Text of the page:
San Diego County District 2 Supervisor Joel Anderson said a Jan. 12 proposal he made during a Board of Supervisors meeting about amendments to pandemic-related business closure ordinances had three points he wanted to clarify.
He said the county of San Diego should provide scientific data showing any activity is a health risk before it is limited or restricted; that policy enforcement should be applied consistently and fairly; that the county should publish criteria used for enforcement on the public website before moving forward with that enforcement.
His fellow board members agreed with the spirit of suggestion the Board of Supervisors did not word-for-word approve Anderson’s points, they did approve having enforcement criteria publicly released and maintained scientific data should be the guiding principle for business operations; enforcement actions against residents and businesses deemed in violation of COVID-19 will be based on readily available scientific evidence.
That distinction— basing law enforcement on scientific evidence— is important, Anderson said.
“I’m advocating people follow the law but when you read the science, you can judge for yourself if it is political science or medical science,” Anderson said.
To his first point— that the county should provide scientific data showing any activity is a health risk before it is limited or restricted—Anderson brought up a Dec. 8 California Health and Human Services press conference.
Department Secretary Mark Ghaly said at that conference the decision to limiting outdoor dining, turning to restaurants to deliver and provide takeout options instead, “really has to do with the goal of trying to keep people at home”.
Anderson said the goal of keeping people at home has more to do with policy than science, and pushed to have the science behind COVID-related policies made more public.
Secondly, Anderson said policy enforcement should be applied consistently and fairly because having businesses held to different standards— standards he maintains are not based in medical science— results in unfair enforcement of measures intended to keep the public safe.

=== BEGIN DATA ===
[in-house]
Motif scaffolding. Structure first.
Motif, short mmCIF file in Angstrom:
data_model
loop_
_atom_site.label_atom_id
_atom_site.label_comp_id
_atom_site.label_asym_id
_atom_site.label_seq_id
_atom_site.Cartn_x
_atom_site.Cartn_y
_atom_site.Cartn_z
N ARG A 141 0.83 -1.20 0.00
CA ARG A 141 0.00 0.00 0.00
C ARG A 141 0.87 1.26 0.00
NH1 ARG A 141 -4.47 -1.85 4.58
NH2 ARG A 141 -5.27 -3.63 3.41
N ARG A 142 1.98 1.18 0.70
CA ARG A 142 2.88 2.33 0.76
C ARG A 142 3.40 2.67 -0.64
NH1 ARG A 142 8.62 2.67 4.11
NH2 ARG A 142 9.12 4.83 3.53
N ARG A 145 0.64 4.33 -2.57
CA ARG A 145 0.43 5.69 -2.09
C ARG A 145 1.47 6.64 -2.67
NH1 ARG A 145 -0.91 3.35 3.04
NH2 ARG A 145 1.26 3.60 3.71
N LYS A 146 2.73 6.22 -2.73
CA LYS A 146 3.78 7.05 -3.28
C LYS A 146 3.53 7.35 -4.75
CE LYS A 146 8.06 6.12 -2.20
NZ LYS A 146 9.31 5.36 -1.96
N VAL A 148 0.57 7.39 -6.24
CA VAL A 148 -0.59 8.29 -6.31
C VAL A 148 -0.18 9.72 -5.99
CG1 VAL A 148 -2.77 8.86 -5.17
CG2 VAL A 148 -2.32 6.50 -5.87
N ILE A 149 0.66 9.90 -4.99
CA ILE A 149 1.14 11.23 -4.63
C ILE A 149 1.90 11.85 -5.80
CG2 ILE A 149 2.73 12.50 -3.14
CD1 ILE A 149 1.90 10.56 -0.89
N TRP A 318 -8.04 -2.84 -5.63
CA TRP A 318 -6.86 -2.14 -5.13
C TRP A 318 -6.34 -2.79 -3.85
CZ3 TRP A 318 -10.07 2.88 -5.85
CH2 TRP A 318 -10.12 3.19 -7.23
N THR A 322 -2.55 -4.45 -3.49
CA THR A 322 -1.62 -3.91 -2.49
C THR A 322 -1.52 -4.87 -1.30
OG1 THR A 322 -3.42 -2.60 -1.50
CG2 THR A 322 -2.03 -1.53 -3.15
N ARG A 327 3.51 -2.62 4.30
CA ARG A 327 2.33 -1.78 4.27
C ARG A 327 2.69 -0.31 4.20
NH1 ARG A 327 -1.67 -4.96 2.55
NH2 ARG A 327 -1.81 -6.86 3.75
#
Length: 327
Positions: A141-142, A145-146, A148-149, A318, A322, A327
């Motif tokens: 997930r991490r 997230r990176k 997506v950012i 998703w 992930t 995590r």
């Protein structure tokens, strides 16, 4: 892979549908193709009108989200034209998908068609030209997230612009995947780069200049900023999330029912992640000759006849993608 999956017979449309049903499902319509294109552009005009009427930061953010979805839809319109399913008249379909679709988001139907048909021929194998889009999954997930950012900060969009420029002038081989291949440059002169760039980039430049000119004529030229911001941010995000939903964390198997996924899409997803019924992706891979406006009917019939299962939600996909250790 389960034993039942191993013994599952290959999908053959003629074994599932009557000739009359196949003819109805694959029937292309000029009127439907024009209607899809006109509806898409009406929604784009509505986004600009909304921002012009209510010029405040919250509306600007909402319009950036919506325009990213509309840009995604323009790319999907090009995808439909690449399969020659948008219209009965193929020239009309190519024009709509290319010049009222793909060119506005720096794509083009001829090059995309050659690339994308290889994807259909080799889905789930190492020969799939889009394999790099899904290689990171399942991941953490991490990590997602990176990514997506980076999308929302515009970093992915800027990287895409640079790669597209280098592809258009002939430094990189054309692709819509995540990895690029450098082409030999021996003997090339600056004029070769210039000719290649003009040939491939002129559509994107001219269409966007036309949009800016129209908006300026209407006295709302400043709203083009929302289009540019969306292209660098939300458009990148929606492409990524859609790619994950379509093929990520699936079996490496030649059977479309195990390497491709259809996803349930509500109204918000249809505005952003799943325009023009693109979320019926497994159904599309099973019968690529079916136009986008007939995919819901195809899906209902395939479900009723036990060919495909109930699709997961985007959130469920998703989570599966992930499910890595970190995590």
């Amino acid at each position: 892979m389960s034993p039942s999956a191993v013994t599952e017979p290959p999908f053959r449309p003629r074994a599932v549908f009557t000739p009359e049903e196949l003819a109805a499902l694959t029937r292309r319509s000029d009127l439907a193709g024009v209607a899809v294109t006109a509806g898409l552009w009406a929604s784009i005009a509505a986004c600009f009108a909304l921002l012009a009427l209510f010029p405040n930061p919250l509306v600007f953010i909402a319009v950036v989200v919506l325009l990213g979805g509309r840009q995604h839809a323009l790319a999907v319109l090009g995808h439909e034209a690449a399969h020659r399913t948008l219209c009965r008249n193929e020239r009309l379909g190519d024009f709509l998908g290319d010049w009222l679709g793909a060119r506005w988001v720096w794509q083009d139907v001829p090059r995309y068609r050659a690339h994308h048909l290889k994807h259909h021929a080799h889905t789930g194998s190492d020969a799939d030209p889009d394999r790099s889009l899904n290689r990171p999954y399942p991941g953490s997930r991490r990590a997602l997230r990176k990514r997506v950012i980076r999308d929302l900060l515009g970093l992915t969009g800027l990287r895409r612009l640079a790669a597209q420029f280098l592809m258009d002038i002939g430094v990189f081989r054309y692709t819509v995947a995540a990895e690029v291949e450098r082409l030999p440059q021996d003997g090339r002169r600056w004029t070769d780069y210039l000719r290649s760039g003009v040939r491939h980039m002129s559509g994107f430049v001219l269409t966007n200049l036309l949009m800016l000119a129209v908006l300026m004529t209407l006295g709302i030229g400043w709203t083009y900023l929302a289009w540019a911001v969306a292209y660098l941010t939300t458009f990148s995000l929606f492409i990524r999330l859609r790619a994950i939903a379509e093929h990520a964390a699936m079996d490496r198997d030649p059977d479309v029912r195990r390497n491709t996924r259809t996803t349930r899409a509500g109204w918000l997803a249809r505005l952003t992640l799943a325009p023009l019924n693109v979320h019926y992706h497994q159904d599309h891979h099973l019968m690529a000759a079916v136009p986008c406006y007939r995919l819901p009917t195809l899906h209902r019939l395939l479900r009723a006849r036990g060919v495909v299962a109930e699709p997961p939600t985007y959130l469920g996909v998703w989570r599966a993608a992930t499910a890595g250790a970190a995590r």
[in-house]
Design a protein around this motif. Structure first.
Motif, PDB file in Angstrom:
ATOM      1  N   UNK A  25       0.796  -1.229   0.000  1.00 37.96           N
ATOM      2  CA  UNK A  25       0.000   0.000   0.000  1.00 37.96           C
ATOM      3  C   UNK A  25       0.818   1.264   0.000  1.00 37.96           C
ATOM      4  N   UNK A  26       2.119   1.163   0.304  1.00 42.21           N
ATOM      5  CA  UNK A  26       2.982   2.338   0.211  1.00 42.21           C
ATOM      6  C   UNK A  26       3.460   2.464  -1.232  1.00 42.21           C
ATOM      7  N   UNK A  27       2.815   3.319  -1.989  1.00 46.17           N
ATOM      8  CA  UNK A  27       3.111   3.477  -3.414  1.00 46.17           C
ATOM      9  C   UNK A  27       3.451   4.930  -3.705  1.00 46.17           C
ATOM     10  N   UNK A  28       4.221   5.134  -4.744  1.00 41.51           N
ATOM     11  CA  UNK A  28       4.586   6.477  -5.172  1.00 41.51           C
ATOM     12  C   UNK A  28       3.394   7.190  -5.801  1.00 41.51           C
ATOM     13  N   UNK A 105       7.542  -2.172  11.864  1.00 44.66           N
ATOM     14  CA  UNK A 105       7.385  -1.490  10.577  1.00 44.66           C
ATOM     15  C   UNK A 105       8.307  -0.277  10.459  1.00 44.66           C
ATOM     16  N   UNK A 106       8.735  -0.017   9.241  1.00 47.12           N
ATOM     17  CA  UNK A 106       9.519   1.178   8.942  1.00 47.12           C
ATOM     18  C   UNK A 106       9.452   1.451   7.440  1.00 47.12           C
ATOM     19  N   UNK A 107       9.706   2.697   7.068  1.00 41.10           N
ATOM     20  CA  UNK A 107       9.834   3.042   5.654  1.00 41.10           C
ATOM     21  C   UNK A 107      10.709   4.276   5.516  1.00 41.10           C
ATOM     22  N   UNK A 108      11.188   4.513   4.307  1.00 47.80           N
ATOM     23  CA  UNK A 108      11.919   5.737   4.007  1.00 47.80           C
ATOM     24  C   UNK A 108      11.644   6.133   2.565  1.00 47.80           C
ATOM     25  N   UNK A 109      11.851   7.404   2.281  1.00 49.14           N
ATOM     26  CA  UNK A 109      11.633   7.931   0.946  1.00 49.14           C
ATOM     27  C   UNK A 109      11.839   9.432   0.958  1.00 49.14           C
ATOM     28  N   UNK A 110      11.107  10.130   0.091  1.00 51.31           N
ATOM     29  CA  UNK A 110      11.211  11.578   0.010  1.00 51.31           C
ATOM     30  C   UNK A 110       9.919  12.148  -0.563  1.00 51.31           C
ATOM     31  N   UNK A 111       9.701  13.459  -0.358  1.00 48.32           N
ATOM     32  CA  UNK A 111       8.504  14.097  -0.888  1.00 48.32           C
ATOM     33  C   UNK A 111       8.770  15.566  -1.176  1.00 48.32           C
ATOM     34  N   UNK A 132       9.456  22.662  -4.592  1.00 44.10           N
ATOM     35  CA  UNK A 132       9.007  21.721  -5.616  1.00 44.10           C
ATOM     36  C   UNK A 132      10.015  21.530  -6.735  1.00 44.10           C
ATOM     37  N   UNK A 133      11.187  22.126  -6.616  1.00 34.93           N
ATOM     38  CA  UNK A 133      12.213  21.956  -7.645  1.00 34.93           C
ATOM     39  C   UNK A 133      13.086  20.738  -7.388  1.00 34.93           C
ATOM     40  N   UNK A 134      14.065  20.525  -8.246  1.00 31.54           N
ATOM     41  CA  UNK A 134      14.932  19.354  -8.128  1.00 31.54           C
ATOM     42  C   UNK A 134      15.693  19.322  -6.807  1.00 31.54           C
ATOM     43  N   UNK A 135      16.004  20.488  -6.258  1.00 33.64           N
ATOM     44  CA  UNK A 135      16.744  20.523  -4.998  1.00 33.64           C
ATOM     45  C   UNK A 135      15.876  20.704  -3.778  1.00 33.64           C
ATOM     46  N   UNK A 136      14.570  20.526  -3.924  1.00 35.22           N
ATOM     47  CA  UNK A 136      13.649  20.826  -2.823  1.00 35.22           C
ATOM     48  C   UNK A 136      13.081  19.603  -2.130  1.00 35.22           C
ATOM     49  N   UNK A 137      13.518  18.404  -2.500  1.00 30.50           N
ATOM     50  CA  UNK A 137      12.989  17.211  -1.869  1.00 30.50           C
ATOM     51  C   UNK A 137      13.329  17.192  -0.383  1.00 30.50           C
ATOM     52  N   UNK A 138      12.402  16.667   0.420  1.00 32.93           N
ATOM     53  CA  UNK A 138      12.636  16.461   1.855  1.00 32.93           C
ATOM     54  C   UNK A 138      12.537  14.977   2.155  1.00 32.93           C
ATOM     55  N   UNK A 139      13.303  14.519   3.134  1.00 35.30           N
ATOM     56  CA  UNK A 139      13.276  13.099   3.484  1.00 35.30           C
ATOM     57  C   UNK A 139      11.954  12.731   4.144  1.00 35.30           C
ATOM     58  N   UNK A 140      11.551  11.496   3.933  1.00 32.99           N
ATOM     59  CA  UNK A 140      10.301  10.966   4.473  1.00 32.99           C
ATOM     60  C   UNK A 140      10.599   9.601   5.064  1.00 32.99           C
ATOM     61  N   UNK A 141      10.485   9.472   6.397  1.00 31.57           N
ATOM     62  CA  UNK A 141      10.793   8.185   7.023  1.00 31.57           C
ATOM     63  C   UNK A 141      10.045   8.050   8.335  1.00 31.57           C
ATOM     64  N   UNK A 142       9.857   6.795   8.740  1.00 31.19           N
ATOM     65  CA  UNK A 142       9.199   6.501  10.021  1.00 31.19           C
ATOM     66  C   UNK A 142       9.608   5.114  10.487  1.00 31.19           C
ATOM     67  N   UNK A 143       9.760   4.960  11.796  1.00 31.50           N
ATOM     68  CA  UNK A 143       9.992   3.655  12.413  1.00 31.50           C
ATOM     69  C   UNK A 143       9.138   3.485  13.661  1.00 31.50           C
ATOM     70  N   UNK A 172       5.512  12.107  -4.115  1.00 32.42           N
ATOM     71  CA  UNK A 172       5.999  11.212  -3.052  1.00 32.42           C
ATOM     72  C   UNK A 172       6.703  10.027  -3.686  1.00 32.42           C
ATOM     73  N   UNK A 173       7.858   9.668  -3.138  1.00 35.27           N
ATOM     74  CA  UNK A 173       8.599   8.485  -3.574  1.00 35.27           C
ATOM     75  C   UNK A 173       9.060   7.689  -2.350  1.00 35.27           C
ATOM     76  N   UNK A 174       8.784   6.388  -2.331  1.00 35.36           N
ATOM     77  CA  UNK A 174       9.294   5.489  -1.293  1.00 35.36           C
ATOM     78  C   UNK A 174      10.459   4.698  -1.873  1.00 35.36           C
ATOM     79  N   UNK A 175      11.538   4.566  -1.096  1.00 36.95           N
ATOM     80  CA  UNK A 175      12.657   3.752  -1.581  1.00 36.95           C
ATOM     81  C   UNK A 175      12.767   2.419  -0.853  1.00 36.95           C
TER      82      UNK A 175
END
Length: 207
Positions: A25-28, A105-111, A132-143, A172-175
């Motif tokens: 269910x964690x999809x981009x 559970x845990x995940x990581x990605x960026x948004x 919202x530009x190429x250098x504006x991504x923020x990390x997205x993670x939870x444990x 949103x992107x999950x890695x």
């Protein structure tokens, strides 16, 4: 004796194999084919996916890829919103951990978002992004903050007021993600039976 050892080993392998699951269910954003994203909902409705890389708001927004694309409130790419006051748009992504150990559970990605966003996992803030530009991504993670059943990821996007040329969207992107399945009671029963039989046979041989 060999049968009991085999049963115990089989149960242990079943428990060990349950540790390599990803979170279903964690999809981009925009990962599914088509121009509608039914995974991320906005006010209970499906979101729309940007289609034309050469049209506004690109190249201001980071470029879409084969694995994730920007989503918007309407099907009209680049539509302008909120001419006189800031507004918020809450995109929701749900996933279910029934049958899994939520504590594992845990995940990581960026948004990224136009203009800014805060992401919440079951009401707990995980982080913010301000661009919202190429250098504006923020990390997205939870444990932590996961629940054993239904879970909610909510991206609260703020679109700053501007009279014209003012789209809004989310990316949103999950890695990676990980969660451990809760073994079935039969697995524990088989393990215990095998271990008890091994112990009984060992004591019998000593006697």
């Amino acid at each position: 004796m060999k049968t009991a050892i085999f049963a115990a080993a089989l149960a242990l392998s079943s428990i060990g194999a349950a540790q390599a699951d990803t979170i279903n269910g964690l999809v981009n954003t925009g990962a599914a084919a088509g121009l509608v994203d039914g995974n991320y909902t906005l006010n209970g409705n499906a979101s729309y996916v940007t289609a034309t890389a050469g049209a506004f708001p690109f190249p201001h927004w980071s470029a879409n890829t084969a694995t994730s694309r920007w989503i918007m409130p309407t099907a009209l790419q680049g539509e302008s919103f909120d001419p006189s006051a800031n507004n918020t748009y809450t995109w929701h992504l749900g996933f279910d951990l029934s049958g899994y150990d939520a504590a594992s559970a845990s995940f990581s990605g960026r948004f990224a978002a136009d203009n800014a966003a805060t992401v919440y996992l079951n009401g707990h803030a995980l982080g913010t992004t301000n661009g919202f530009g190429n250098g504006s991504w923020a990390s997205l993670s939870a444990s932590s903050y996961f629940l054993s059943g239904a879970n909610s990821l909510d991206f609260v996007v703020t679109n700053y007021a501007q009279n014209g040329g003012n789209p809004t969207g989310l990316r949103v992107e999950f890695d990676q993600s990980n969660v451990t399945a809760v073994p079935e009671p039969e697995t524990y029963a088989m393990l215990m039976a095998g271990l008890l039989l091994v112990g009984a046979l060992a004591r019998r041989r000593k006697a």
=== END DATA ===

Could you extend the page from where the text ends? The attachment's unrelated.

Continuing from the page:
As an example, he compared seating at restaurants with seating on public transportation. Under current directives, restaurant owners are barred from seating patrons inside, ostensibly so strangers from different households do not come in contact with each other in a closed setting.
However, Anderson said the same patrons who are not allowed to sit near each other in a sanitized eating area are theoretically able to ride the trolley alongside each other without any sanitizing after one person leaves a seat and another takes their place.
That practice, Anderson suggested, amounts to placing extra restrictions on one type of business over another despite the same purported goal: in this case, to keep strangers from coming in contact with each other.
Finally, Anderson said the county should publish criteria used for enforcement on the public website before moving forward with that enforcement.
District 1 Supervisor Nora Vargas said she supported Anderson’s amendments.
“For too long we’ve politicized COVID. I supported the amendment made by Supervisor Anderson as I am committed to making decisions based on science and data,” Vargas said.
In a Jan. 20 statement, Board Chair and District 4 Supervisor Nathan Fletcher said from the start of this pandemic, the county of San Diego has based its public health decisions on the science around the spread of COVID-19 and the advice of medical professionals.
“I appreciate Supervisor Anderson’s interest in wanting to follow the science when it comes to tackling COVID-19 and thanks to his amendment last week all of the science is now transparently shared on our county website,” Fletcher said .
Current enforcement criteria is now posted within the Coronavirus Disease 2019 page on the San Diego county public website.
At that same Jan. 12 meeting, the Board of Supervisors also passed a policy to increase the County of San Diego’s enforcement on entities that are not complying with the COVID-19 public health orders.
“We are increasing resources and reaffirming our commitment to slowing the spread of COVID-19 in San Diego County by expanding the scope and commitment of enforcement by our county’s compliance team,” Fletcher said.
Businesses not in compliance with public health orders will not be eligible to receive county relief funding.
Anderson said he is “trying to get life back to normal and this first step is to gather information” before considering what might come next.